Wednesday, 4 July 2012

Escaping bullying: The simultaneous impact of individual and unit-level bullying on turnover intentions

an article by Marjan Houshmand, Jane O’Reilly, Sandra Robinson and Angela Wolff (University of British Columbia, Canada) published in Human Relations Volume 65 Number 7 (July 2012)


In this study, we investigate the simultaneous impact of, and interaction between, being the direct target of bullying and working in an environment characterized by bullying upon employees’ turnover intentions.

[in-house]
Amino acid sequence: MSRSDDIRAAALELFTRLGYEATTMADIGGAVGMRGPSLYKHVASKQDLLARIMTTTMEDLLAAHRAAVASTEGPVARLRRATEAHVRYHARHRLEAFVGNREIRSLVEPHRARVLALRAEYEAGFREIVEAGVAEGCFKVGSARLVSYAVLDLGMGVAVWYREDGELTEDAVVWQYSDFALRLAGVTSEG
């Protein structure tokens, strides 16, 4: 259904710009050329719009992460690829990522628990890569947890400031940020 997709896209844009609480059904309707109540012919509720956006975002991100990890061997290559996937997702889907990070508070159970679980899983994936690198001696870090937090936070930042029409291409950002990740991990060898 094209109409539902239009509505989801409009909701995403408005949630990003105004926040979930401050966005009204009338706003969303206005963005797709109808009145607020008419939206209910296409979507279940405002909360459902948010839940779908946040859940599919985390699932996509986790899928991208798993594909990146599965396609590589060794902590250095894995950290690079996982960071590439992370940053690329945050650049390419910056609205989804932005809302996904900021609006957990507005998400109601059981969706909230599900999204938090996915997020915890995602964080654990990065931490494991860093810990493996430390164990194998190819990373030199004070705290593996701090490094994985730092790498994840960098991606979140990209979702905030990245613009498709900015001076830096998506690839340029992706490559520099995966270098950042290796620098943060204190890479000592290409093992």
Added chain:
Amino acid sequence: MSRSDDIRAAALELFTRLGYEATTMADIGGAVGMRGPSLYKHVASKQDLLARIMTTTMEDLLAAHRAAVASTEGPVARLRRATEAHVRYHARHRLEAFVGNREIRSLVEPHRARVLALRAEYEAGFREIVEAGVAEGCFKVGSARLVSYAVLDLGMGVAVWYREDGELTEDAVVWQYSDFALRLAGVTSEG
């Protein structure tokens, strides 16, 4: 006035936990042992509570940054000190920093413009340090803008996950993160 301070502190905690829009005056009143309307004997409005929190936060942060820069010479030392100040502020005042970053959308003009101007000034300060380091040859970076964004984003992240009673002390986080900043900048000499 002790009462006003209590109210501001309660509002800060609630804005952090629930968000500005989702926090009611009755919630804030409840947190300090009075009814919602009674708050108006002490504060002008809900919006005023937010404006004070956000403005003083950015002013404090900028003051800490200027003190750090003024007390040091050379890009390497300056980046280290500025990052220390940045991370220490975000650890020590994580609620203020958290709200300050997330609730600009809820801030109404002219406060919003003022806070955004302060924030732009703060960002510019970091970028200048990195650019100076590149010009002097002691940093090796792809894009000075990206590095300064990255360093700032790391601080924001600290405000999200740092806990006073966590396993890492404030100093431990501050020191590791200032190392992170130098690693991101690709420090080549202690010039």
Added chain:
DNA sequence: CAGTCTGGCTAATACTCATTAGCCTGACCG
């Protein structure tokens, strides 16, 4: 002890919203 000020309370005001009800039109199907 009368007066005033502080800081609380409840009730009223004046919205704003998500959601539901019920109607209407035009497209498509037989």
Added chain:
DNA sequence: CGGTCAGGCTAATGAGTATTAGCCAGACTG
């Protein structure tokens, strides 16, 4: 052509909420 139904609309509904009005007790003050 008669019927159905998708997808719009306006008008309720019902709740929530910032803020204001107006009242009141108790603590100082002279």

Hierarchical linear modelling analysis of a sample of 41 hospital units and 357 nurses demonstrates that working in an environment characterized by bullying increases individual employees’ turnover intentions. Importantly, employees report similarly high turnover intentions when they are either the direct target of bullying or when they work in work units characterized by high bullying.

Results also suggest that the impact of unit-level bullying is stronger on those who are not often directly bullied themselves.

Hazel’s comment:
Interesting that it is colleagues rather than the “victim” who appear to be more affected by the bullying in terms of intending to leave the employment.
It could, of course, be that the atmosphere is so poisonous that those who have the strength to get out actually do so.

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